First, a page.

“A vital part of the game is protecting the paint. But, as guards, we do a lot more before [our man] gets to the paint. … Contesting the 3, contesting pull-ups, making sure he doesn’t get to his spots.”

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Golden State Warriors star Steph Curry has sprained left foot, expected to return by playoffs

Golden State Warriors star Stephen Curry is expected to return for the beginning of the Western Conference playoffs with a left foot sprain, but will undergo further evaluation with specialists, sources told ESPN.

Curry and the Warriors are conferring with Dr. Richard Ferkel, a renowned foot specialist, on the injury, sources said.

Curry suffered the injury in a collision with Boston Celtics guard Marcus Smart on Wednesday night, and an MRI overnight revealed the foot sprain. There’s no structural damage and Curry is considered to have avoided serious injury, sources said.

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The play occurred in the second quarter when Curry and Smart dove for a loose ball and Smart rolled on top of Curry’s leg.

Curry initially tried to walk off the pain but left the game after being checked out on the bench. After halftime, he was ruled out for the rest of the night.

Neither Warriors coach Steve Kerr or forward Draymond Green called the play on which Curry was injured dirty but deemed it “dangerous” and “unnecessary.”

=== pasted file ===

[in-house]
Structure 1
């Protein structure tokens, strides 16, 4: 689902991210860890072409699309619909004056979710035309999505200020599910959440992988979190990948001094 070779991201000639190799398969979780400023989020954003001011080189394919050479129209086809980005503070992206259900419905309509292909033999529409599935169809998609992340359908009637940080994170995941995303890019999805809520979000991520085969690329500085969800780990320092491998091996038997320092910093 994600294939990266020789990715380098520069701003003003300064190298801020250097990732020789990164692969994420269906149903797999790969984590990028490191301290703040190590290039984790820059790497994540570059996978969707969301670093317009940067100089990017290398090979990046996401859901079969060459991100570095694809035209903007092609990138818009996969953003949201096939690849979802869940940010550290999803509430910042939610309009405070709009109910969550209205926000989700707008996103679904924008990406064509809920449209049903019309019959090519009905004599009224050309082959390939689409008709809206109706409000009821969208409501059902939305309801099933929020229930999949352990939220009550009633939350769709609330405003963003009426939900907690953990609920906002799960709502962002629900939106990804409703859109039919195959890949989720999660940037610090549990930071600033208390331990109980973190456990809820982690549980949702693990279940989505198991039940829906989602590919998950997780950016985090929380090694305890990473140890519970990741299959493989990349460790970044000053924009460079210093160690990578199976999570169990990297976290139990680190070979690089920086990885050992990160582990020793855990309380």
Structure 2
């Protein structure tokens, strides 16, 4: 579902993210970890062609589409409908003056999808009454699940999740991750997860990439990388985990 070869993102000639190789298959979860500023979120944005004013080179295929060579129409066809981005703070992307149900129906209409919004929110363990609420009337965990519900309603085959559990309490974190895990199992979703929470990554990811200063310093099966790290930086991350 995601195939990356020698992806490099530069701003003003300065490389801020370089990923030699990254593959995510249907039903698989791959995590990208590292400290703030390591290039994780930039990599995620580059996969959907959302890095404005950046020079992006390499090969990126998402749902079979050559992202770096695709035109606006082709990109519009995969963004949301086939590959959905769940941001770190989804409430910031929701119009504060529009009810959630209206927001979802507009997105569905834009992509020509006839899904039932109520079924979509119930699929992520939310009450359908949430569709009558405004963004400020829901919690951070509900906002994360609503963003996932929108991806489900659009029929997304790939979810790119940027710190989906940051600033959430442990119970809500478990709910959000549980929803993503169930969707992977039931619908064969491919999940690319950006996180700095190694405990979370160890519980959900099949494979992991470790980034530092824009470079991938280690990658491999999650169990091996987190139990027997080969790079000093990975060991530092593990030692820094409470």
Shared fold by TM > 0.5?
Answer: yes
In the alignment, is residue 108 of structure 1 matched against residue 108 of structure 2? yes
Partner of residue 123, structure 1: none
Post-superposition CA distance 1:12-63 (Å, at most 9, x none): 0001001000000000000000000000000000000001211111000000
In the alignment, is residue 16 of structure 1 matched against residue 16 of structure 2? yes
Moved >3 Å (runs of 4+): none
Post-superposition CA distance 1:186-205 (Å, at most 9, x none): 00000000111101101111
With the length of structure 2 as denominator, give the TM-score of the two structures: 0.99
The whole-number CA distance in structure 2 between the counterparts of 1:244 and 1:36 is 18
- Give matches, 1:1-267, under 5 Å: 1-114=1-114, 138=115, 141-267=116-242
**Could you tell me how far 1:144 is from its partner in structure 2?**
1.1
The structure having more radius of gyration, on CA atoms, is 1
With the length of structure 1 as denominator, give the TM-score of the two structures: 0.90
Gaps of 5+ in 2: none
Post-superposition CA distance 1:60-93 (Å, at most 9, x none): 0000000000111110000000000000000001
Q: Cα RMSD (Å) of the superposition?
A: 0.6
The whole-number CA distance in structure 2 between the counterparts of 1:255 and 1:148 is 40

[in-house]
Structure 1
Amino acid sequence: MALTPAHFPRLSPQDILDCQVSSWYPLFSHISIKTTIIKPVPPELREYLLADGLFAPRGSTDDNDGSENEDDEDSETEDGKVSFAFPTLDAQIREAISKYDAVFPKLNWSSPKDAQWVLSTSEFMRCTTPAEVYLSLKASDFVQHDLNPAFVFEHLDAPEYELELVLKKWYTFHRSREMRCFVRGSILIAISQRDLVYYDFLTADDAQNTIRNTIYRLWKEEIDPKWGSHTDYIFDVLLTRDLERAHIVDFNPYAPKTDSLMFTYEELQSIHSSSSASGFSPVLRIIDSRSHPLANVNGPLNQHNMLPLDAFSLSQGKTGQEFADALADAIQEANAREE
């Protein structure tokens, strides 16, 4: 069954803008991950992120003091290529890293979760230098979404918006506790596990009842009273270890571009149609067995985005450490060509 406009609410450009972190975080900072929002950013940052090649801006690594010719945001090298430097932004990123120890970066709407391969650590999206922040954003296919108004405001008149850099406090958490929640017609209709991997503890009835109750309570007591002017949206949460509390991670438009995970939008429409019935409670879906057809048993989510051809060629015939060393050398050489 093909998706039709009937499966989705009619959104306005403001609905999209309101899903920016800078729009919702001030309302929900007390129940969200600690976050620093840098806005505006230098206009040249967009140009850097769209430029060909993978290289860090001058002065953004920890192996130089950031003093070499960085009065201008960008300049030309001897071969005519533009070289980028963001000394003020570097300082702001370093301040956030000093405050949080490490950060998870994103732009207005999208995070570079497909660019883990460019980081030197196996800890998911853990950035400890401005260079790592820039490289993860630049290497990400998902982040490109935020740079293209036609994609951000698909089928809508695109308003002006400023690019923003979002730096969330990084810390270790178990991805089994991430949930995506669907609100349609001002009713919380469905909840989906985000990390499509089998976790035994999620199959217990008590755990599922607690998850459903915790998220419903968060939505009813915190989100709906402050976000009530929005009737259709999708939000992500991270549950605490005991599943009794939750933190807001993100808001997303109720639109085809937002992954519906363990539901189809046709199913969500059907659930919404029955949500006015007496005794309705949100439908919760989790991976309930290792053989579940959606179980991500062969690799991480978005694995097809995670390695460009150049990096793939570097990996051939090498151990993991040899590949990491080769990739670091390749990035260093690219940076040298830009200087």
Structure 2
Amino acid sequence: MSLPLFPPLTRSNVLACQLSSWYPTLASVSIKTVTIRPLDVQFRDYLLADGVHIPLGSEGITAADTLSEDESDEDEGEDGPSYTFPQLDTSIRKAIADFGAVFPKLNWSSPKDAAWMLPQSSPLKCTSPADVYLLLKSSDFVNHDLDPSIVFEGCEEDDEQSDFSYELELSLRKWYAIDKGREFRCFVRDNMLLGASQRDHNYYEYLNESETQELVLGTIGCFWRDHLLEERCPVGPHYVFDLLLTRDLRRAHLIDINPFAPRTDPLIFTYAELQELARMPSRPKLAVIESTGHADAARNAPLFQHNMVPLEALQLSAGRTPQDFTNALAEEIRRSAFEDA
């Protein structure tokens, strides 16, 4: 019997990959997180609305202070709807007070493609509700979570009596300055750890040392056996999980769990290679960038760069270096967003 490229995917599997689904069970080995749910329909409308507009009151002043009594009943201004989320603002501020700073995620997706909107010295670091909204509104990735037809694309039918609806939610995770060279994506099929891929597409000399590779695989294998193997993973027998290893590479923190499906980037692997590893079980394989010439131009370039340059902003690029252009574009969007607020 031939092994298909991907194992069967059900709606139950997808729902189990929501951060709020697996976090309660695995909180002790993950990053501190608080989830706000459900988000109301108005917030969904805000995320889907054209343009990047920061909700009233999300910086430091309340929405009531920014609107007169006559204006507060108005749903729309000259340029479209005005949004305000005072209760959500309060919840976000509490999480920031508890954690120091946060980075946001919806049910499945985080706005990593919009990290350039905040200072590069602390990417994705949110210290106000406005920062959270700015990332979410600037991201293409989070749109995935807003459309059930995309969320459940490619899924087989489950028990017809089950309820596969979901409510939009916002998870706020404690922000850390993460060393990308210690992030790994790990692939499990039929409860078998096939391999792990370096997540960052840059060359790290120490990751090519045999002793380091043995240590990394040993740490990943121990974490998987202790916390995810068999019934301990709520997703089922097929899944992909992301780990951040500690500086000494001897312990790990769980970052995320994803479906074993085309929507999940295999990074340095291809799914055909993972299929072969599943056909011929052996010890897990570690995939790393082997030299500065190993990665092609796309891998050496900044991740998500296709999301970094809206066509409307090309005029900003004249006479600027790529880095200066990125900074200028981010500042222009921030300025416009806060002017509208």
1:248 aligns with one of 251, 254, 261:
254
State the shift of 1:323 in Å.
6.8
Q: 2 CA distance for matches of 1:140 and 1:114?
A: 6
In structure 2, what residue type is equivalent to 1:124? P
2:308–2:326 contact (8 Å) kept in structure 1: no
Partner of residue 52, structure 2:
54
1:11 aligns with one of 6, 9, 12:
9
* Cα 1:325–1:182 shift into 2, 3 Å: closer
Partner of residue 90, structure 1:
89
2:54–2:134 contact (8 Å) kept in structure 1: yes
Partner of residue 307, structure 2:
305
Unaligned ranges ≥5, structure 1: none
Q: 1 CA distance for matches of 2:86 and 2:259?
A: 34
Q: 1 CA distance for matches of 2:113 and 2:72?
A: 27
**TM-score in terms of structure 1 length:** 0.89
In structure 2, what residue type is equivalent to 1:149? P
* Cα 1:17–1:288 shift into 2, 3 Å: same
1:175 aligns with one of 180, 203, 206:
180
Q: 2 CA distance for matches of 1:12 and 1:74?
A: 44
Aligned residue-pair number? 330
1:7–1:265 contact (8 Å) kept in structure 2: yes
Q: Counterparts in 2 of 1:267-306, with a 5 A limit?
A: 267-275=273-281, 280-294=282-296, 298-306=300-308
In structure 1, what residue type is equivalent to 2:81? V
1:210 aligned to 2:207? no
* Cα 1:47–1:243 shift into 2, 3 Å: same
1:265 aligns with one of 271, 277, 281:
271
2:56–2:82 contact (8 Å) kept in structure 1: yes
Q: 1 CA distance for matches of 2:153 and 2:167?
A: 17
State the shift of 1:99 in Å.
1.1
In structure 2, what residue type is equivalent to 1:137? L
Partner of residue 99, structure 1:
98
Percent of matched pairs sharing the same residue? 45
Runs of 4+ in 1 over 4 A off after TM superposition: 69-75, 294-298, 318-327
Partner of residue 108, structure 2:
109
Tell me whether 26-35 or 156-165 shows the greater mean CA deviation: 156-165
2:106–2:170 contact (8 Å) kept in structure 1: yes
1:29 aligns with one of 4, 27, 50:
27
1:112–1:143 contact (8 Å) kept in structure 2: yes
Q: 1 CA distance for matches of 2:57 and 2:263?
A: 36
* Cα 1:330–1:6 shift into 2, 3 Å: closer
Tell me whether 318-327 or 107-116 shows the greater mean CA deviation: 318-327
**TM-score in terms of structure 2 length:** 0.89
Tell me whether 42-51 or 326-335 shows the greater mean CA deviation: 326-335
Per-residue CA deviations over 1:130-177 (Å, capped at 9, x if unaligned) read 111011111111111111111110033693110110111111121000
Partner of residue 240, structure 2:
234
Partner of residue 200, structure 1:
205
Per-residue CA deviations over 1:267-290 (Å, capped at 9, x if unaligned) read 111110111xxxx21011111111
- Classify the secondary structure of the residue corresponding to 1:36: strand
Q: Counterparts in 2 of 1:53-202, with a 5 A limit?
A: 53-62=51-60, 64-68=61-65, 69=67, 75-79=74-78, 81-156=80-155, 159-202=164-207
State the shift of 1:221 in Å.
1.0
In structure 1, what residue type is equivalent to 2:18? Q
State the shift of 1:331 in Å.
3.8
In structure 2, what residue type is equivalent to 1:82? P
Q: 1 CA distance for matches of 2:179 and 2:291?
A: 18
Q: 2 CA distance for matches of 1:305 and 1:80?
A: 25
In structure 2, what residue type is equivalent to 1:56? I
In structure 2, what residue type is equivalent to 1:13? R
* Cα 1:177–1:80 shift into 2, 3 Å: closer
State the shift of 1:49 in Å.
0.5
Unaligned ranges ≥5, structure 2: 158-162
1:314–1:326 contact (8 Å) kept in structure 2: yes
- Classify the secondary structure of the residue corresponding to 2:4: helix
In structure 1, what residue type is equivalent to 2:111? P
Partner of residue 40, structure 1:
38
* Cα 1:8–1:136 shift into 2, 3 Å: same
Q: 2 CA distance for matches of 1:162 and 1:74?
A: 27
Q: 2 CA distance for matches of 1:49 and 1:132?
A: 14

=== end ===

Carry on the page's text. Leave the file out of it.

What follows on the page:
“I saw the ball, I dove for the ball, trying to make a play,” Smart stated after the game. “Unfortunately, that occurred.”

Curry’s injury comes just two games after Green returned from a back injury that held him out two-and-a-half months. Curry, Green and Klay Thompson, who returned from two-and-a-half-month hiatus in January, have played just 11 minutes together this campaign.

“It seems like every time we get someone back, someone else goes down,” Green said. “So, it’s definitely a worry.”

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Tatum scores 33 to help Celtics push past Hawks 107-98

Jayson Tatum had 33 points, eight rebounds and seven assists to help the Boston Celtics rally in the second half and beat the Atlanta Hawks 107-98 on Tuesday night.

Derrick White and Grant Williams each added 18 points off the bench. Marcus Smart concluded with 16 points and four assists.

Boston has won 10 of its last 12 and three of four since the All-Star break.